PMCID: PMC3532564  PMID: 22583404
Sp transcription factors; downregulation; reactive oxygen species
4.  Induction of the Transcriptional Repressor ZBTB4 in Prostate Cancer Cells by Drug-induced Targeting of microRNA-17-92/106b-25 Clusters 
Molecular cancer therapeutics  2012;11(9):1852-1862.
Androgen-insensitive DU145 and PC3 human prostate cancer cells express high levels of specificity protein (Sp) transcription factors Sp1, Sp3 and Sp4, and treatment of cells with methyl 2-cyano-3,11-dioxo-18β-olean-1,12-dien-30-oate (CDODA-Me) inhibited cell growth and downregulated Sp1, Sp3 and Sp4 expression. CDODA-Me (15 mg/kg/d) was a potent inhibitor of tumor growth in a mouse xenograft model (PC3 cells) and also decreased expression of Sp transcription factors in tumors. CDODA-Me-mediated downregulation of Sp1, Sp3 and Sp4 was due to induction of the transcriptional repressor ZBTB4 which competitively binds and displaces Sp transcription factors from GC-rich sites in Sp1, Sp3, Sp4 and Sp-regulated gene promoters. ZBTB4 levels are relatively low in DU145 and PC3 cells due to suppression by microRNA (miR) paralogs that are members of the miR-17-92 (miR-20a/17-5p) and miR-106b-25 (miR-106b/93) clusters. Examination of publically available prostate cancer patient array data showed an inverse relationship between ZBTB4 and miRs-20a/17-5p/106b/93 expression, and increased ZBTB4 in prostate cancer patients was a prognostic factor for increased survival. CDODA-Me induces ZBTB4 in prostate cancer cells through disruption of miR-ZBTB4 interactions and this results in downregulation of pro-oncogenic Sp transcription factors and Sp-regulated genes.
PMCID: PMC3632183  PMID: 22752225
ZBTB4; CDODA-Me; Sp; miR-17-92; miR-106b
5.  Dying tumor cells stimulate proliferation of living tumor cells via caspase-dependent protein kinase Cδ activation in pancreatic ductal adenocarcinoma 
Molecular oncology  2014;9(1):105-114.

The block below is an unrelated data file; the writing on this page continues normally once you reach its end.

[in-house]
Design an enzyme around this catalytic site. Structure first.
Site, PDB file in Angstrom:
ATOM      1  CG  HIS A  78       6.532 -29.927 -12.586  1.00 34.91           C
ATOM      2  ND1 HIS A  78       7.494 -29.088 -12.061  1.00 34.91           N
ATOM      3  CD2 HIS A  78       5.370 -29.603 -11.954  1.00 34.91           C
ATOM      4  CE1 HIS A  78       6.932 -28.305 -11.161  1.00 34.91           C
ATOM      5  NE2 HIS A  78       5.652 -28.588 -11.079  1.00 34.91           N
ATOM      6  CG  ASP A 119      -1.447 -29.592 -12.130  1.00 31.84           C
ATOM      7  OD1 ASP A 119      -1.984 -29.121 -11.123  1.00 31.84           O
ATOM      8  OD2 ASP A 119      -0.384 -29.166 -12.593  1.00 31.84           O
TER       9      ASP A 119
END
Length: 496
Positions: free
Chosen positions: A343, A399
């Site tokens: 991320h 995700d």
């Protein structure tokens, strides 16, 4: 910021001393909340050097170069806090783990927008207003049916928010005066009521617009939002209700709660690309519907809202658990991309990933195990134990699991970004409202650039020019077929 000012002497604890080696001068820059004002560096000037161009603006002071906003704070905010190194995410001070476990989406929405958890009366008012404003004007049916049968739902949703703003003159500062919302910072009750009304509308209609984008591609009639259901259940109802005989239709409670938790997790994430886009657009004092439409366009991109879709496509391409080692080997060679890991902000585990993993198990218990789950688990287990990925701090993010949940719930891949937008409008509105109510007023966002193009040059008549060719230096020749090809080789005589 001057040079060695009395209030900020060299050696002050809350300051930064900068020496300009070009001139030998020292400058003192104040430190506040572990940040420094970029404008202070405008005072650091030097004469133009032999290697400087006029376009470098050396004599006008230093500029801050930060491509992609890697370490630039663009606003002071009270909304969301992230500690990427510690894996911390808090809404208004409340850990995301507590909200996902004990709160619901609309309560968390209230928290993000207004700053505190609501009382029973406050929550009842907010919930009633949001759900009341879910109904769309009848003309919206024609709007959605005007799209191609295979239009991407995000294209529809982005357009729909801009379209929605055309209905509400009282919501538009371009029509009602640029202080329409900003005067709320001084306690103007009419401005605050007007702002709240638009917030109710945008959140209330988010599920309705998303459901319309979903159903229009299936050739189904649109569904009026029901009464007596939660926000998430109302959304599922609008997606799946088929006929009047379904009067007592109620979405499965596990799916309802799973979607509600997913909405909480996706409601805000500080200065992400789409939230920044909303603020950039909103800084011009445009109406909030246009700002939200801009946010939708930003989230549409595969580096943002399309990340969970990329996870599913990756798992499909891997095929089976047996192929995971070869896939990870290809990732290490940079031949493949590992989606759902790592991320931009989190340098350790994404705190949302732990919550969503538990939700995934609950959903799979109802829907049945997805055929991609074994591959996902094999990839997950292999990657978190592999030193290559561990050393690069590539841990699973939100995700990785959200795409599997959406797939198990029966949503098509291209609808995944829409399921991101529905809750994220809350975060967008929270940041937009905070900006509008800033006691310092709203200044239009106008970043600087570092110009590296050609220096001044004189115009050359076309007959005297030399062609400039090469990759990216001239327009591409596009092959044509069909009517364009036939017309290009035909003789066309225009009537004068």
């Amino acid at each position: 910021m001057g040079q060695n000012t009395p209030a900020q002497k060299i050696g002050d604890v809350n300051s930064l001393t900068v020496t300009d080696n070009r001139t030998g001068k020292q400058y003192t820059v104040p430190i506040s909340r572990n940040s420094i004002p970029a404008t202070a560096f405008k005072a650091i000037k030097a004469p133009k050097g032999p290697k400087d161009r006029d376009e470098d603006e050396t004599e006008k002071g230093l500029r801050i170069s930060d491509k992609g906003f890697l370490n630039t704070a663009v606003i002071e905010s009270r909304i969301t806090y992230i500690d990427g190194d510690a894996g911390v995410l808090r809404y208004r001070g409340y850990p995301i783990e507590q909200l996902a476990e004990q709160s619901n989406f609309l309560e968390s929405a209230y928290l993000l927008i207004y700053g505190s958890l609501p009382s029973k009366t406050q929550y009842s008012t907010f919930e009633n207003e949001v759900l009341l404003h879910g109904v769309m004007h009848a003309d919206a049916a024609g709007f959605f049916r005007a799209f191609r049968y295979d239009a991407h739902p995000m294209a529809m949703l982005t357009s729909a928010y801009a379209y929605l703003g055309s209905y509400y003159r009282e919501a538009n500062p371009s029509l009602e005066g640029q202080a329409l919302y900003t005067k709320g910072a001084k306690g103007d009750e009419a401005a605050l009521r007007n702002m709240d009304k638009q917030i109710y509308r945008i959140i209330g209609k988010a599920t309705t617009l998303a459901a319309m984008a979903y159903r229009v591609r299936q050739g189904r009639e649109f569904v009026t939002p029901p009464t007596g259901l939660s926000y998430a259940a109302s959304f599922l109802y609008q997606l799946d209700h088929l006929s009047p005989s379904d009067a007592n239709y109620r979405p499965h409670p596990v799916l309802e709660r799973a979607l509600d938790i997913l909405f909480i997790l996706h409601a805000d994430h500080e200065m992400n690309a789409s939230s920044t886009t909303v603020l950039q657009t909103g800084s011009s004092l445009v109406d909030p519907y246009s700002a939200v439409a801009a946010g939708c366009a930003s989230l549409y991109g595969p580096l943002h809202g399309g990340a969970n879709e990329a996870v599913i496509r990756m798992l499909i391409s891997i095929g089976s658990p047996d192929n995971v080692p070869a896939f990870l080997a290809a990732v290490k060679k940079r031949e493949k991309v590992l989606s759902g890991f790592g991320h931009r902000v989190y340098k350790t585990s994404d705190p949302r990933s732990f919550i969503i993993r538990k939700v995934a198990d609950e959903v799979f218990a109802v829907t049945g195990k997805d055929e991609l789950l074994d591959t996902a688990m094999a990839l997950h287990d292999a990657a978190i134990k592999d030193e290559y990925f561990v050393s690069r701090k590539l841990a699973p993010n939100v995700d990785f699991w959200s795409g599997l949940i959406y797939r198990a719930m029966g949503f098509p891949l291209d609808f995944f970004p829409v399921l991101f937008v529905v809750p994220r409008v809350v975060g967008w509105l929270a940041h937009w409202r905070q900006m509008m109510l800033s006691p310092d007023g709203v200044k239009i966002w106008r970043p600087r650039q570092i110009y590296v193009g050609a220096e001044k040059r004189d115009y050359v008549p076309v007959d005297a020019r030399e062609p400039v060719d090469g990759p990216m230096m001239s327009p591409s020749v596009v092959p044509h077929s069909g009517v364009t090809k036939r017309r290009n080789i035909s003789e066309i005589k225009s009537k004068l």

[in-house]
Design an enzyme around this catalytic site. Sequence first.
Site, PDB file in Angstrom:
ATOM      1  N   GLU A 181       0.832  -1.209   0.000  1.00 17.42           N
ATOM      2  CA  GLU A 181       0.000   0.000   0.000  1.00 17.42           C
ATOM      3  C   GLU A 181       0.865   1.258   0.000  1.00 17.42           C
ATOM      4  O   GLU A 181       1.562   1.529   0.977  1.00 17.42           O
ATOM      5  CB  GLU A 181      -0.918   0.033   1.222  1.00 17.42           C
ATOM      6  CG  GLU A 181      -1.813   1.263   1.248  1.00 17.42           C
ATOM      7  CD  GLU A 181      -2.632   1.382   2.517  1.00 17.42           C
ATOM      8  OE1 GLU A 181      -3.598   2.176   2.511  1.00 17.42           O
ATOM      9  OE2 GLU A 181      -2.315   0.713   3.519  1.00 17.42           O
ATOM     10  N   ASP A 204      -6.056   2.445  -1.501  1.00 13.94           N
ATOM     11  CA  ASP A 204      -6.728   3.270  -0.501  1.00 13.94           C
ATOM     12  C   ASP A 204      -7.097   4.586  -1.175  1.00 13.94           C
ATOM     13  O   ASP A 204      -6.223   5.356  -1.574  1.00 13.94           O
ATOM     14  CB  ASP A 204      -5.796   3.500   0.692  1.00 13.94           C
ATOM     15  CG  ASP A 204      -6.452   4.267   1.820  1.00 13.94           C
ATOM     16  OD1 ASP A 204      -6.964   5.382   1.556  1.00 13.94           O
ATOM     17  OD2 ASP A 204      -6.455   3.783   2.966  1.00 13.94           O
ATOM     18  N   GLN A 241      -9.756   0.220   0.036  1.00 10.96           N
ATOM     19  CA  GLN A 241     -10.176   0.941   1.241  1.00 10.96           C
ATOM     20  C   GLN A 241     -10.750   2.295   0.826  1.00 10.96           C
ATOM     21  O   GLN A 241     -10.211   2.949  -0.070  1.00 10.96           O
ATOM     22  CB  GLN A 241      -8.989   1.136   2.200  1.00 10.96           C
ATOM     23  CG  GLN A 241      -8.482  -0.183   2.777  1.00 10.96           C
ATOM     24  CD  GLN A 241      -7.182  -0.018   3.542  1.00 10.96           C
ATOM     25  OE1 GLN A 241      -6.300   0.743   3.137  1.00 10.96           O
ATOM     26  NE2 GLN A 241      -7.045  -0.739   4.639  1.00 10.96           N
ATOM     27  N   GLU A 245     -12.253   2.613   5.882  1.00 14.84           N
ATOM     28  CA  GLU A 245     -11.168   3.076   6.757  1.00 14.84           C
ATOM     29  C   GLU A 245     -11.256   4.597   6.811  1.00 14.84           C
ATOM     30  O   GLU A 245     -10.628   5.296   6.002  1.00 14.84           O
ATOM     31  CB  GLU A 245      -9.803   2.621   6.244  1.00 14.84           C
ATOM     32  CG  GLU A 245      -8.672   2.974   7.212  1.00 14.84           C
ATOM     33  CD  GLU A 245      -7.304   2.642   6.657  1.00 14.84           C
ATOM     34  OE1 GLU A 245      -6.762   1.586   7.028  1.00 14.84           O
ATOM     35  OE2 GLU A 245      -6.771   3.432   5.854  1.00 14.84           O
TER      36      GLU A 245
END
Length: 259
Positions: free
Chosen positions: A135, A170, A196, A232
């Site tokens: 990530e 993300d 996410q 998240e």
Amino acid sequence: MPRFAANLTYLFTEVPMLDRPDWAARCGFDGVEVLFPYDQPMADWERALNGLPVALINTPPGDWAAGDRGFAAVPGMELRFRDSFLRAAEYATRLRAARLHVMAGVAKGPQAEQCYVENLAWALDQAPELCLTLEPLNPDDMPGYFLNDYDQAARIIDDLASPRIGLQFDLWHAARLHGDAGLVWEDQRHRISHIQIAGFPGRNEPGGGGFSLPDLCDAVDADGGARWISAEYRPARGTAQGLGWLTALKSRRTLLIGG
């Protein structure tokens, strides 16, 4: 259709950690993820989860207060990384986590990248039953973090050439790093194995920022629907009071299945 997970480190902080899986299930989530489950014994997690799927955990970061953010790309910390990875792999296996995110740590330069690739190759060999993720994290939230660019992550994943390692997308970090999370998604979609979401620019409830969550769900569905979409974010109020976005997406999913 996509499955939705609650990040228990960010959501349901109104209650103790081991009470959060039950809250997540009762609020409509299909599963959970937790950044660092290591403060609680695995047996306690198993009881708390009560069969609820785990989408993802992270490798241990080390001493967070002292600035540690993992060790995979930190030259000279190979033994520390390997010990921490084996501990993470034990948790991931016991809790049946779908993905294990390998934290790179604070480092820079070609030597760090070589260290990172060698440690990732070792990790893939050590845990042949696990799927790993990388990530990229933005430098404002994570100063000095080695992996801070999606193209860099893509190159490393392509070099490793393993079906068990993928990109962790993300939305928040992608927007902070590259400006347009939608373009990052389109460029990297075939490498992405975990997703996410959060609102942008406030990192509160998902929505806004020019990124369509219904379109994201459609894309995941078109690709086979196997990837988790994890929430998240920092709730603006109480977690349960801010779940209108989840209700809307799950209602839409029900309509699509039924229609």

Pancreatic cancer is one of the most lethal human cancers, and radiotherapy is often implemented for locally advanced pancreatic ductal adenocarcinoma. Tumor cell repopulation is a major challenge in treating cancers after radiotherapy. In order to address the problem of tumor repopulation, our previous studies have demonstrated that dying cells stimulate the proliferation of living tumor cells after radiotherapy. In particular, dying cells undergoing apoptosis also activate survival or proliferation signals and release growth factors to surrounding living cells. In the present study, we used an in vitro model to examine the possible mechanisms for dying cell-stimulated tumor repopulation in pancreatic cancer. In this model, a small number of living, luciferase-labeled pancreatic cancer cells (reporter) were seeded onto a layer of a much larger number of irradiated, unlabeled pancreatic cancer cells and the growth of the living cells was measured over time as a gauge of tumor repopulation. Our results indicate that irradiated, dying Panc1 feeder cells significantly stimulated the proliferation of living Panc1 reporter cells. Importantly, we identified that the percentage of apoptotic cells and the cleavage of caspases 3 and 7 and protein kinase Cδ (PKCδ) were increased in irradiated Panc1 cells. We presumed that caspases 3 and 7 and PKCδ as integral mediators in the process of dying pancreatic cancer cell stimulation of living tumor cell growth. In order to demonstrate the importance of caspases 3, 7 and PKCδ, we introduced dominant-negative mutants of caspase 3 (DN_C3), caspase 7 (DN_C7), or PKCδ (DN_PKCδ) into Panc1 cells using lentiviral vectors. The stably transduced Panc1 cells were irradiated and used as feeders and we found a significant decrease in the growth of living Panc1 reporter cells when compared with irradiated wild-type Panc1 cells as feeders. Moreover, the role of PKCδ in the growth stimulation of living tumor cells was further confirmed using a pan PKC inhibitor GF109203× and a specific PKCδ inhibitor, rottlerin. Additionally, we found significantly increased phosphorylation of Akt, p38 mitogen-activated protein kinase (MAPK) and c-Jun N-terminal kinase/stress-activated protein kinase (JNK1/2) in the irradiated Panc1 cells. Mechanistically, PKCδ cleavage was attenuated in both DN_C3 and DN_C7 transduced Panc1 cells, and both Akt and p38 MAPK phosphorylation were attenuated in DN_PKCδ transduced Panc1 cells following radiation. Thus, this report suggests a novel finding that cellular signaling from caspase 3/7-PKCδ-Akt/p38 MAPK is crucial to the repopulation in Panc1 cells after radiotherapy.